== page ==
Nadelman's one-man show of 1909 in Paris was a great success, critically and financially, although the swaggering, svelte nudes and neoclassicistic marble heads, which seemed so novel then, appeared mannered and dated later. In 1910 Nadelman wrote that true form is abstract, that is, composed of geometrical elements. "Here is how I realize it," he volunteered. "I employ no other line than the curve, which possesses freshness and force. I compose these curves so as to bring them in accord or opposition to one another. In that way I obtain the life of form, i.e. harmony."
In 1911 Nadelman had a one-man show in London. Helena Rubinstein, the cosmetician, bought everything in it. Reportedly at her invitation, Nadelman went to America in 1914. The following year he had a one-man show at Alfred Stieglitz's "291" gallery. Man in the Open Air, shown at this time, is, like most of the work that followed, severely stylized, with the elegance of a superior store mannikin.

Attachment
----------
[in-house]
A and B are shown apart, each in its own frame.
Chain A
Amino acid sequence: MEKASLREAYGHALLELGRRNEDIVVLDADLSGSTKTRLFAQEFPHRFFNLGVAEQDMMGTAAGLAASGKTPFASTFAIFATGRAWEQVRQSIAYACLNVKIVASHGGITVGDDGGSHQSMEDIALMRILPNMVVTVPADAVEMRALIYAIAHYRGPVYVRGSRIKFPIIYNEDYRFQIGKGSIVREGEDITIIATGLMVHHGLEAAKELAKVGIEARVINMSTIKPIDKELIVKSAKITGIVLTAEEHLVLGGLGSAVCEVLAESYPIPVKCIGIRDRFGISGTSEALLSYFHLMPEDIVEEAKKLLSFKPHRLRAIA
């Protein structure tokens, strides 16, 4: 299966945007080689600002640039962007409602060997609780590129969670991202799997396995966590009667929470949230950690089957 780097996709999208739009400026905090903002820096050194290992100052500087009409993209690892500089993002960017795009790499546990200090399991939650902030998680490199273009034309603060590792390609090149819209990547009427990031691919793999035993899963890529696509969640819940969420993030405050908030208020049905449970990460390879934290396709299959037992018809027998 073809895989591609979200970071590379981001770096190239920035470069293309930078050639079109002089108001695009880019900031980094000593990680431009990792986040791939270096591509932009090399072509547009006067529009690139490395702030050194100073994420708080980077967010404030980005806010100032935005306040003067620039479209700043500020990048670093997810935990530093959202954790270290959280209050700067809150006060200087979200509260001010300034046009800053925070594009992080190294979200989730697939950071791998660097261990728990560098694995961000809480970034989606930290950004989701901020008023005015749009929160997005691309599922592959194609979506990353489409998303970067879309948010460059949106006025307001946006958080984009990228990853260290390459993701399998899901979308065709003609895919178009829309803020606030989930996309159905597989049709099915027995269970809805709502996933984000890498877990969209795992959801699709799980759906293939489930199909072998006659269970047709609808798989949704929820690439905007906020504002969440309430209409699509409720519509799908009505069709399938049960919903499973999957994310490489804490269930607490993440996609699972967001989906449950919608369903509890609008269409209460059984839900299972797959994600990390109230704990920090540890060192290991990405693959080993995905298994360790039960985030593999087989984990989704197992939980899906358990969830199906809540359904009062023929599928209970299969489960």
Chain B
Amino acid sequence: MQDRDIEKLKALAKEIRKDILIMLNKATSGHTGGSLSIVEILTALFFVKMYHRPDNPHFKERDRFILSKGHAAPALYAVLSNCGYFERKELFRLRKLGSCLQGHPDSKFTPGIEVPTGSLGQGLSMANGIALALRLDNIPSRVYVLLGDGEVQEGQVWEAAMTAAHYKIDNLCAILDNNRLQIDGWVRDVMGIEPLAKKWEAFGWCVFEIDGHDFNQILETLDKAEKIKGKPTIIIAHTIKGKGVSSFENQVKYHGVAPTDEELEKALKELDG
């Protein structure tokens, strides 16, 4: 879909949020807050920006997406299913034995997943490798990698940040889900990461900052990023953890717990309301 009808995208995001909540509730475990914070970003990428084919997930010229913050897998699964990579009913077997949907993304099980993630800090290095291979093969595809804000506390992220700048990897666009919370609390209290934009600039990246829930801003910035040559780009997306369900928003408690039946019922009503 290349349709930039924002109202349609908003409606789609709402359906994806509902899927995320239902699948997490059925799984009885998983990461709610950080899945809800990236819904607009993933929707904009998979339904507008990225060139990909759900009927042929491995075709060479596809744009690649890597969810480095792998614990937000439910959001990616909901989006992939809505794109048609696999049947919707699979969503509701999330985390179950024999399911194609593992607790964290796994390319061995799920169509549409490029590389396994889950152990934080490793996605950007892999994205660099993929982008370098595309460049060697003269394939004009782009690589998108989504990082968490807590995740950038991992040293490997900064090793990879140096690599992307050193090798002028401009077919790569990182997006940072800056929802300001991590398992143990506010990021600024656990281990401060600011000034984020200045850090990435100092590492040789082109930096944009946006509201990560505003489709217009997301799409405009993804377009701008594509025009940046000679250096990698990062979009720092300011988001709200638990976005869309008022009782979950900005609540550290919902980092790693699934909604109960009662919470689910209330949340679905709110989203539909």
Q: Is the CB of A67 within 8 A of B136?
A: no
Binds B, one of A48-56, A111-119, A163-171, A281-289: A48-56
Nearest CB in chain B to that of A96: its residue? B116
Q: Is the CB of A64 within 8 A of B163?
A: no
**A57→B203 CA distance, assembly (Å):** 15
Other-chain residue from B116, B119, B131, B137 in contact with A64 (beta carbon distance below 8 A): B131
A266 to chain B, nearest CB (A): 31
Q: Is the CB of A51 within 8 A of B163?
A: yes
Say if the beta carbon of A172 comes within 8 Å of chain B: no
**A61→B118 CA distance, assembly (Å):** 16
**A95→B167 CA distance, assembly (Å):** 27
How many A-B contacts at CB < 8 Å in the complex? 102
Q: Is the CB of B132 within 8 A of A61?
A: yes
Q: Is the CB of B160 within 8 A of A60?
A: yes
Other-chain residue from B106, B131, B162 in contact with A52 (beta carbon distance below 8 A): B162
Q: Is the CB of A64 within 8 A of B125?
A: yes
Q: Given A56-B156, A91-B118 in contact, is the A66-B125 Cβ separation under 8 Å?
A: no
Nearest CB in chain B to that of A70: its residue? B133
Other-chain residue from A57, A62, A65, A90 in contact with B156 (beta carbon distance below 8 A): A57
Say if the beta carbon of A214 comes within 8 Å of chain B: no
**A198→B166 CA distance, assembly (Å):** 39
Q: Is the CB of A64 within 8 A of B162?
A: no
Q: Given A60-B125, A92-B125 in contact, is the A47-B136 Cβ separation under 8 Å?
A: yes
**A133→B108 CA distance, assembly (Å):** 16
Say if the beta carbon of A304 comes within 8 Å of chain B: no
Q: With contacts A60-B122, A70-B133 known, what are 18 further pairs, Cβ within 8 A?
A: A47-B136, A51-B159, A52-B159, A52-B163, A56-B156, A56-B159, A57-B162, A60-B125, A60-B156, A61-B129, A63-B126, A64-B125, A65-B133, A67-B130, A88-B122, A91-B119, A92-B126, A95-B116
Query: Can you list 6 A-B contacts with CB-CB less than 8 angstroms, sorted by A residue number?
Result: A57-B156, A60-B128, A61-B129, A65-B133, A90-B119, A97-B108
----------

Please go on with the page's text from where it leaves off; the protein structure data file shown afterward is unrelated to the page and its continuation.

Nadelman made spirited animal pieces and employed color in his figures in wood, terra-cotta, and papiermâché. He did a series of plaster figures during the 1930s and 1940s in the manner of Tanagra figures. Two sets of his papiermâché figures were enlarged and placed in the New York State Theater at Lincoln Center, New York City.